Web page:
US10356007B2 - Dynamic service orchestration within PAAS platforms - Google Patents

Dynamic service orchestration within PAAS platforms Download PDF

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US10356007B2
US10356007B2 US15/803,930 US201715803930A US10356007B2 US 10356007 B2 US10356007 B2 US 10356007B2 US 201715803930 A US201715803930 A US 201715803930A US 10356007 B2 US10356007 B2 US 10356007B2
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packet
service
flow entry
sdn switch
entry
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US20180063032A1 (en
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Wei-Ting CHOU
Cheng-Ta Lee
Jeffrey C. H. Liu
Hao-Ting Shih
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International Business Machines Corp
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    • HELECTRICITY
    • H04ELECTRIC COMMUNICATION TECHNIQUE
    • H04LTRANSMISSION OF DIGITAL INFORMATION, e.g. TELEGRAPHIC COMMUNICATION
    • H04L49/00Packet switching elements
    • H04L49/25Routing or path finding through a switch fabric
    • HELECTRICITY
    • H04ELECTRIC COMMUNICATION TECHNIQUE
    • H04LTRANSMISSION OF DIGITAL INFORMATION, e.g. TELEGRAPHIC COMMUNICATION
    • H04L12/00Data switching networks
    • H04L12/64Hybrid switching systems
    • HELECTRICITY
    • H04ELECTRIC COMMUNICATION TECHNIQUE
    • H04LTRANSMISSION OF DIGITAL INFORMATION, e.g. TELEGRAPHIC COMMUNICATION
    • H04L45/00Routing or path finding of packets in data switching networks
    • HELECTRICITY
    • H04ELECTRIC COMMUNICATION TECHNIQUE
    • H04LTRANSMISSION OF DIGITAL INFORMATION, e.g. TELEGRAPHIC COMMUNICATION
    • H04L45/00Routing or path finding of packets in data switching networks
    • H04L45/38Flow based routing
    • HELECTRICITY
    • H04ELECTRIC COMMUNICATION TECHNIQUE
    • H04LTRANSMISSION OF DIGITAL INFORMATION, e.g. TELEGRAPHIC COMMUNICATION
    • H04L67/00Network-specific arrangements or communication protocols supporting networked applications
    • H04L67/10Network-specific arrangements or communication protocols supporting networked applications in which an application is distributed across nodes in the network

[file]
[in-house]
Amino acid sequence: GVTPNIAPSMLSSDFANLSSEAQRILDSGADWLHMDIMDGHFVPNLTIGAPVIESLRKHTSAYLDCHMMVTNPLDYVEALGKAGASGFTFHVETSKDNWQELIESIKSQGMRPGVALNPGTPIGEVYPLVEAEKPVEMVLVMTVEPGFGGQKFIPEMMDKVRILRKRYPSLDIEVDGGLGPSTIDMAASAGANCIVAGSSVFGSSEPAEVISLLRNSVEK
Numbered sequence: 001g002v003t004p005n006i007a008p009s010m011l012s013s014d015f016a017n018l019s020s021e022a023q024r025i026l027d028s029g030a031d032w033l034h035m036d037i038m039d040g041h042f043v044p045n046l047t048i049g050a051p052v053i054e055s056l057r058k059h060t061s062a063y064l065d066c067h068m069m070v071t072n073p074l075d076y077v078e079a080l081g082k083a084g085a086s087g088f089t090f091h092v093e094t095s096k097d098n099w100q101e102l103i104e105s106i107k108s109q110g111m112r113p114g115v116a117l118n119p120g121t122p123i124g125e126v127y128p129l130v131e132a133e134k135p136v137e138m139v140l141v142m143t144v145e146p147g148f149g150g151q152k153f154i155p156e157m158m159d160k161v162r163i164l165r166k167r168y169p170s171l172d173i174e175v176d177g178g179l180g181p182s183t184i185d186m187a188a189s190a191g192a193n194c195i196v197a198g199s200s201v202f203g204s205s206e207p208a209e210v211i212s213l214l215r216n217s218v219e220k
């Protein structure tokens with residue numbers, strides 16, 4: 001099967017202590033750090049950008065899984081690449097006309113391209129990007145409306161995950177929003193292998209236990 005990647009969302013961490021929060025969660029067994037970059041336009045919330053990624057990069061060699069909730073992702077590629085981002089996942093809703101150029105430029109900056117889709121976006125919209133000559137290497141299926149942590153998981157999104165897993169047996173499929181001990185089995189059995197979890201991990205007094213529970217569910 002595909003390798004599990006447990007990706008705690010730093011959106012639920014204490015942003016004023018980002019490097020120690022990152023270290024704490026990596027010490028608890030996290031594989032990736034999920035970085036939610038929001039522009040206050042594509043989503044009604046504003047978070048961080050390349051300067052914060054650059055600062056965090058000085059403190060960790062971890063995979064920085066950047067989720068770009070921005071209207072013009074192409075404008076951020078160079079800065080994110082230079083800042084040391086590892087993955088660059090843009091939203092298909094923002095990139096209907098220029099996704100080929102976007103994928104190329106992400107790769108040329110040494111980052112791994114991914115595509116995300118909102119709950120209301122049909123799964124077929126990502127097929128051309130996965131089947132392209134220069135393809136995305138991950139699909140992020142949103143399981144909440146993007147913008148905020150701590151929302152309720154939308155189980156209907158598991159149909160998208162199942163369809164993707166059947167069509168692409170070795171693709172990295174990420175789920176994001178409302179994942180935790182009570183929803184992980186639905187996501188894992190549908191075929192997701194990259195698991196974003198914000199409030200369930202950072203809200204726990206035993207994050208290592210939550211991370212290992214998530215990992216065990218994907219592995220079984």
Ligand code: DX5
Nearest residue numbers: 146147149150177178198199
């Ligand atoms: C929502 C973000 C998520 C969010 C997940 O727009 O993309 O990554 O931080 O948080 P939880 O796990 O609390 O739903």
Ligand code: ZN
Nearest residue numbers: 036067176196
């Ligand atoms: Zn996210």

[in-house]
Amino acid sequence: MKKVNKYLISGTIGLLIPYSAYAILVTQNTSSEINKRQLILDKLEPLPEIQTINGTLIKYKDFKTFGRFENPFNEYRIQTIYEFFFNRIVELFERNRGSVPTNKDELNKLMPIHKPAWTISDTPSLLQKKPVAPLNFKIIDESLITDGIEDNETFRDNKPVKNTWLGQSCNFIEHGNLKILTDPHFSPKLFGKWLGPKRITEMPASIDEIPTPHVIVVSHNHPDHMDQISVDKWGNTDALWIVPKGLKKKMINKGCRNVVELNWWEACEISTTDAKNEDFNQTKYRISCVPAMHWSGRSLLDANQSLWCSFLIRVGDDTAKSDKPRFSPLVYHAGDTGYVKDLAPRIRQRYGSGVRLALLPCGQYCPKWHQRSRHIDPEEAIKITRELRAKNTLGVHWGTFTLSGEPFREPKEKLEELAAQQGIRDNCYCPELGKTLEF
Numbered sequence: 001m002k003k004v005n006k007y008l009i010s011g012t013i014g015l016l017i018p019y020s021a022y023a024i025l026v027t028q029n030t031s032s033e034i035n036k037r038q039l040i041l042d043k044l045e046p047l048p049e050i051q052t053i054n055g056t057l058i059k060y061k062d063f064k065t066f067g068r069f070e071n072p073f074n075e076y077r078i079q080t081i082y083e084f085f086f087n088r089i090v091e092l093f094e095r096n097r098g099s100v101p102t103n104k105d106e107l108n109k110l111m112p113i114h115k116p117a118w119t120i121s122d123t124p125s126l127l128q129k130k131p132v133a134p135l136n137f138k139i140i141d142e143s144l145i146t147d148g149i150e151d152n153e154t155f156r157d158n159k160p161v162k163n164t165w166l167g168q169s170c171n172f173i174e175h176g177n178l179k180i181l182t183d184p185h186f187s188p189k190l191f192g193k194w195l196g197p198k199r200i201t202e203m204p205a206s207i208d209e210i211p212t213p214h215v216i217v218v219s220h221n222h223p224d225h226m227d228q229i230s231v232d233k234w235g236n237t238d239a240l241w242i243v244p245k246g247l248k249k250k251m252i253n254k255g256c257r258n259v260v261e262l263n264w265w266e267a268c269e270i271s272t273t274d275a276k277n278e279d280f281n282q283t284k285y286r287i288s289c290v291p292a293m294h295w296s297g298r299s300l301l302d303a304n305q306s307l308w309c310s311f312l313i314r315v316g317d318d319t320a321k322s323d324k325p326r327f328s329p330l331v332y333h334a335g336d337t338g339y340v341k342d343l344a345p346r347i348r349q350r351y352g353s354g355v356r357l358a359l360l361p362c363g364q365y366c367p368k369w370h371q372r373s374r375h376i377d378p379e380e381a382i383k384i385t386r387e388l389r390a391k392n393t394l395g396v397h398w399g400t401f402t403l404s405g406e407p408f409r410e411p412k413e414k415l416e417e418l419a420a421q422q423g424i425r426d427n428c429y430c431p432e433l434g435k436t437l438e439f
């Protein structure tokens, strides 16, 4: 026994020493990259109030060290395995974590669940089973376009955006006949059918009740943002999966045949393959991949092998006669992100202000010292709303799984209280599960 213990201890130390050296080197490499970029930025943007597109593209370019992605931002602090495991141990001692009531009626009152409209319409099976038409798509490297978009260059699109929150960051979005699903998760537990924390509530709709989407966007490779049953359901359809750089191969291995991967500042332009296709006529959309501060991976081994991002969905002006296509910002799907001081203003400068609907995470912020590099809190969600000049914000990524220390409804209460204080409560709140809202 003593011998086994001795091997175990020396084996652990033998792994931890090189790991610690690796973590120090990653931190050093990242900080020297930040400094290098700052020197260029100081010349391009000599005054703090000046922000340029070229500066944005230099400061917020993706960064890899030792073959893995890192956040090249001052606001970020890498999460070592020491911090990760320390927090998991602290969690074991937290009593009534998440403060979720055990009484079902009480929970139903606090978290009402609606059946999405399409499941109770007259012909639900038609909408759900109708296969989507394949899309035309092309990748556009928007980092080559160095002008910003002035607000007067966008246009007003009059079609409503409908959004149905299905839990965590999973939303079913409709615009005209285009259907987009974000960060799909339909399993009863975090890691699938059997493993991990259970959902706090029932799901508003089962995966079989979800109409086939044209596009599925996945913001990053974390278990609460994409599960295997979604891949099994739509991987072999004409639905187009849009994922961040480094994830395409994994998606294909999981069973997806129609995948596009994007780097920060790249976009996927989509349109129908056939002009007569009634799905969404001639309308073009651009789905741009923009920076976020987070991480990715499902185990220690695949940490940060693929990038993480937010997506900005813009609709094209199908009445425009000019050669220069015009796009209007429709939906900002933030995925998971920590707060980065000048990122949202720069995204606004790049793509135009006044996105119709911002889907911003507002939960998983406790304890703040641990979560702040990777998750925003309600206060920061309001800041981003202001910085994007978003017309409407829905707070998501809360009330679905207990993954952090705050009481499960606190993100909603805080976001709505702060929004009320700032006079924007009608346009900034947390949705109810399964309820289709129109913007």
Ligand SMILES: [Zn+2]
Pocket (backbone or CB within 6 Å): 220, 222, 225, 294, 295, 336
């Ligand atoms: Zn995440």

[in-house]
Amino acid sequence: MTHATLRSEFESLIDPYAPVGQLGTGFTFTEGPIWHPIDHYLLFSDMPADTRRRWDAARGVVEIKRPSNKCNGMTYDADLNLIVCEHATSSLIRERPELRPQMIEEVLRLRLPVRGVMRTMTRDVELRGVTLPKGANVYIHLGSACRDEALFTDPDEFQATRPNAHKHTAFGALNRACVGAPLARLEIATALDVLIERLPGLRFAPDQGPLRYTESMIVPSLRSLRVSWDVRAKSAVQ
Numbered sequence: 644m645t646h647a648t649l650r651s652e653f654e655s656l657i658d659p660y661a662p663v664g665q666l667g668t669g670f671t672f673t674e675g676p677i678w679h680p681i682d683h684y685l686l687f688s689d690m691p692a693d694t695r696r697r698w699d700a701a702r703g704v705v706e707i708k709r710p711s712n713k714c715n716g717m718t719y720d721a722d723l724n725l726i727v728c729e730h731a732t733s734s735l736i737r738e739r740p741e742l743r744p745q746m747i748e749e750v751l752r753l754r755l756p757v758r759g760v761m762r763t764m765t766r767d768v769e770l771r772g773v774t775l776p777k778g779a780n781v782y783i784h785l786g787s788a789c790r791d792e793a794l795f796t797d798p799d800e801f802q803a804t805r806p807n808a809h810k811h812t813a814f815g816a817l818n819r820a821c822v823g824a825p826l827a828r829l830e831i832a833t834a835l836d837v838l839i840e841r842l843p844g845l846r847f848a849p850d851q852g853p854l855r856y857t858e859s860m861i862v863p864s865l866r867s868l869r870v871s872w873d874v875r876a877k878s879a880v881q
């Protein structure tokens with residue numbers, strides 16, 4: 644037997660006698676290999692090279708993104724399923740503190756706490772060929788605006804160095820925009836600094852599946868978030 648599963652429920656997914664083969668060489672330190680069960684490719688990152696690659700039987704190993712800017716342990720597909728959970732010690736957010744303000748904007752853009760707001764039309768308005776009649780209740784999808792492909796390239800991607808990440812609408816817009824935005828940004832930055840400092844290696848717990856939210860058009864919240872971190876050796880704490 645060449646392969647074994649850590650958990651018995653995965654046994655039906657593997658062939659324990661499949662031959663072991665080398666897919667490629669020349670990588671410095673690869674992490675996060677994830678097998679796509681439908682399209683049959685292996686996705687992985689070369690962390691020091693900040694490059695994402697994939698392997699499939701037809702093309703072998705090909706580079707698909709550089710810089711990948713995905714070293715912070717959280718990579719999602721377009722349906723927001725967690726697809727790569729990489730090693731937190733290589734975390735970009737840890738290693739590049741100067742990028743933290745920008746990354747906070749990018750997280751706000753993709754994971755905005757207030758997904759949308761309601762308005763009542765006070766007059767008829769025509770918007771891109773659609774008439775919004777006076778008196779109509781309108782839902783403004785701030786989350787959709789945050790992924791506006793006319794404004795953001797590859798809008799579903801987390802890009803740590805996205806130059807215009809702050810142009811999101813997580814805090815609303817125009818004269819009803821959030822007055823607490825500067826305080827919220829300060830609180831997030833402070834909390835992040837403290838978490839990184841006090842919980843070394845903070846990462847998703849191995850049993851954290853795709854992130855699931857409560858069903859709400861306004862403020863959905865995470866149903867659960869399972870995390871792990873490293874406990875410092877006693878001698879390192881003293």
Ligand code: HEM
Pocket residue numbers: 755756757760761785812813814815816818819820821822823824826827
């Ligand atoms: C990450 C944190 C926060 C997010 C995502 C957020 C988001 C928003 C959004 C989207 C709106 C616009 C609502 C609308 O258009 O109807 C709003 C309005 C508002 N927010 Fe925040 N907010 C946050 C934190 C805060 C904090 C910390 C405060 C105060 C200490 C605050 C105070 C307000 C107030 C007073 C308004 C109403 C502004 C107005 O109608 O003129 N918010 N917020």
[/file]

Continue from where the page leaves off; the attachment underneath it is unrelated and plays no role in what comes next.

• HELECTRICITY
    • H04ELECTRIC COMMUNICATION TECHNIQUE
    • H04LTRANSMISSION OF DIGITAL INFORMATION, e.g. TELEGRAPHIC COMMUNICATION
    • H04L67/00Network-specific arrangements or communication protocols supporting networked applications
    • H04L67/10Network-specific arrangements or communication protocols supporting networked applications in which an application is distributed across nodes in the network
    • H04L67/1097Network-specific arrangements or communication protocols supporting networked applications in which an application is distributed across nodes in the network for distributed storage of data in a network, e.g. network file system [NFS], transport mechanisms for storage area networks [SAN] or network attached storage [NAS]
    • HELECTRICITY
    • H04ELECTRIC COMMUNICATION TECHNIQUE
    • H04LTRANSMISSION OF DIGITAL INFORMATION, e.g. TELEGRAPHIC COMMUNICATION
    • H04L67/00Network-specific arrangements or communication protocols supporting networked applications
    • H04L67/16Service discovery or service management, e.g. service location protocol [SLP] or Web services
    • HELECTRICITY
    • H04ELECTRIC COMMUNICATION TECHNIQUE
    • H04LTRANSMISSION OF DIGITAL INFORMATION, e.g. TELEGRAPHIC COMMUNICATION
    • H04L67/00Network-specific arrangements or communication protocols supporting networked applications
    • H04L67/28Network-specific arrangements or communication protocols supporting networked applications for the provision of proxy services, e.g. intermediate processing or storage in the network
    • H04L67/2804Network-specific arrangements or communication protocols supporting networked applications for the provision of proxy services, e.g. intermediate processing or storage in the network for adding application control or application functional data, e.g. adding metadata